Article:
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Int. J. Environ. Res. Public Health 2016, 13(1), 86;

Adverse Events in Treating Smear-Positive Tuberculosis Patients in China

Department of Biostatistics, School of Public Health, Shandong University, Jinan 250012, China
Clinical Center Office, Beijing Tuberculosis and Thoracic Tumor Research Institute, Beijing 101149, China
Beijing Chest Hospital, Capital Medical University, Beijing 101149, China
National Heart Lung and Blood Institute’s and Boston University’s Framingham Heart Study, Framingham, MA 01702-5827, USA
Author to whom correspondence should be addressed.
Academic Editor: Paul B. Tchounwou
Received: 12 October 2015 / Revised: 17 December 2015 / Accepted: 23 December 2015 / Published: 29 December 2015
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This study aimed to estimate the adverse events (AE) rate during anti-tuberculosis treatment and to explore AE-related risk factors. New and previously treated smear-positive tuberculosis (TB) cases were enrolled from eight regions in China between April 2009 and October 2010. The AE rate was estimated, and AE risk factors during anti-TB treatment were assessed using Cox proportional models. Among 2091 Chinese subjects with anti-TB treatment, 462 (22.1%, 95% confidence interval (CI), 20.3–23.9) patients developed AE, with liver injury and gastrointestinal reactions constituting the most common AE. Specifically, 9.8% (95% CI, 8.5–11.1) and 6.3% (95% CI, 5.3–7.4) developed liver injuries and gastrointestinal reactions, respectively. We found that AE rate differed by regions, TB knowledge score, symptoms score and smoking status. Liver injuries were associated with age, sex and smoking status; gastrointestinal reactions were associated with education level and symptom score. Improving patients’ knowledge on TB could reduce AE rate. View Full-Text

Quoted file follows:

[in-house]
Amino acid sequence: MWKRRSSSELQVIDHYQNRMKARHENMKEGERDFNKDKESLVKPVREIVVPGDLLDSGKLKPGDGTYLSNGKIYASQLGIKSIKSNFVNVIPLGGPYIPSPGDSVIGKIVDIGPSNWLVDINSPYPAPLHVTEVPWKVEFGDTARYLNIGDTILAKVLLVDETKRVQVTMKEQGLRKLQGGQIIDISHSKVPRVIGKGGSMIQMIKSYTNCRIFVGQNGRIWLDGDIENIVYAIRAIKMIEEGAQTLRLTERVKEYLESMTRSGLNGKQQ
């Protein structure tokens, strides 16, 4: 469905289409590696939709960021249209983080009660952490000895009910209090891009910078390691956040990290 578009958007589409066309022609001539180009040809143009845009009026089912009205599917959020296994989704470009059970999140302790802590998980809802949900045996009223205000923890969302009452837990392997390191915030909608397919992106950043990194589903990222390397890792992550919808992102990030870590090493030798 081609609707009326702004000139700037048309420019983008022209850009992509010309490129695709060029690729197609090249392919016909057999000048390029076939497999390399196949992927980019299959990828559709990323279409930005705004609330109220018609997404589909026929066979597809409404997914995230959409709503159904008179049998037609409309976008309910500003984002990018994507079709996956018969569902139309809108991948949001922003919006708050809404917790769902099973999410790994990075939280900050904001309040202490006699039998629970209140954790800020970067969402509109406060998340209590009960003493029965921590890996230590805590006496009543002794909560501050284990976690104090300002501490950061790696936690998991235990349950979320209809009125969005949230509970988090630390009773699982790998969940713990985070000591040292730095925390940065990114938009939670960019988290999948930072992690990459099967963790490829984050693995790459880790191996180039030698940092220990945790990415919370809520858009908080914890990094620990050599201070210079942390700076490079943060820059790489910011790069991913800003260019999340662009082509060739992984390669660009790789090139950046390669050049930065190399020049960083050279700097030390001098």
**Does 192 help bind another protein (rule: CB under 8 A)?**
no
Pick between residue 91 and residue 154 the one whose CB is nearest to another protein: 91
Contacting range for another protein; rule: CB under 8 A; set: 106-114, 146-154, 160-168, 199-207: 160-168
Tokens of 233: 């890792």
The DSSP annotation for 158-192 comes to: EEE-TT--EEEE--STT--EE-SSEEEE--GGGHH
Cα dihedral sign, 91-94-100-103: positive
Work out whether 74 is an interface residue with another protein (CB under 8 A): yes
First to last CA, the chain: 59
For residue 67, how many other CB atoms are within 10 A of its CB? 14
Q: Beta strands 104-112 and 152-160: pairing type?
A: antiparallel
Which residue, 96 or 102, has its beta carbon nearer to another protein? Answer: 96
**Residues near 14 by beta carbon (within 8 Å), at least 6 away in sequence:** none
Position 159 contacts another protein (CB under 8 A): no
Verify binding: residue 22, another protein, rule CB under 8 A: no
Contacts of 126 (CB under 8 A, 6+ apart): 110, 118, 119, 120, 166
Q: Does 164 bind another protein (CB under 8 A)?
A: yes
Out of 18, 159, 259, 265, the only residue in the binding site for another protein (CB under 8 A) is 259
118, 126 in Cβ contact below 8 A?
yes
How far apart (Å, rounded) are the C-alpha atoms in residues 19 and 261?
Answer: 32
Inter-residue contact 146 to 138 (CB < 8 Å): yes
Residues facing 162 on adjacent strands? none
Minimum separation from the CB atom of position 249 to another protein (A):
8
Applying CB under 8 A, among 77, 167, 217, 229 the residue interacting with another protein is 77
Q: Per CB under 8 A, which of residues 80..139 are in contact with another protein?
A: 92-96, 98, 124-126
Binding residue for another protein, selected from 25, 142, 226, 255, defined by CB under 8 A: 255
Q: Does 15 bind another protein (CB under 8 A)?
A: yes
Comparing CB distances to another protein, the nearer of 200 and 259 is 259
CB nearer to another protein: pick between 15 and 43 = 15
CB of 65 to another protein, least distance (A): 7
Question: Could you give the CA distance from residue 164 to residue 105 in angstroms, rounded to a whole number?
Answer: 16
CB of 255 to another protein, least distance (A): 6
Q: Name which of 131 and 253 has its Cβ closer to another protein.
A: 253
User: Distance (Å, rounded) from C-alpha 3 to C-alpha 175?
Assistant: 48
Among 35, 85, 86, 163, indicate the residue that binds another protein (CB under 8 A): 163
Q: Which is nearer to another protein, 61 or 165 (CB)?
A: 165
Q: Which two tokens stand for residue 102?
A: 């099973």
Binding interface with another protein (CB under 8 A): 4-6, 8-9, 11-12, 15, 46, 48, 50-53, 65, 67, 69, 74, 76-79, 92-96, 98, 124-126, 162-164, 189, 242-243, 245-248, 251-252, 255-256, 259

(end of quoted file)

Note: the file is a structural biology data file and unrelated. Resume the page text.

Keywords: adverse events; tuberculosis epidemiology; risk factors; China adverse events; tuberculosis epidemiology; risk factors; China

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Zhang, T.; Du, J.; Yin, X.; Xue, F.; Liu, Y.; Li, R.; Luo, C.; Li, L.; Li, X. Adverse Events in Treating Smear-Positive Tuberculosis Patients in China. Int. J. Environ. Res. Public Health 2016, 13, 86.

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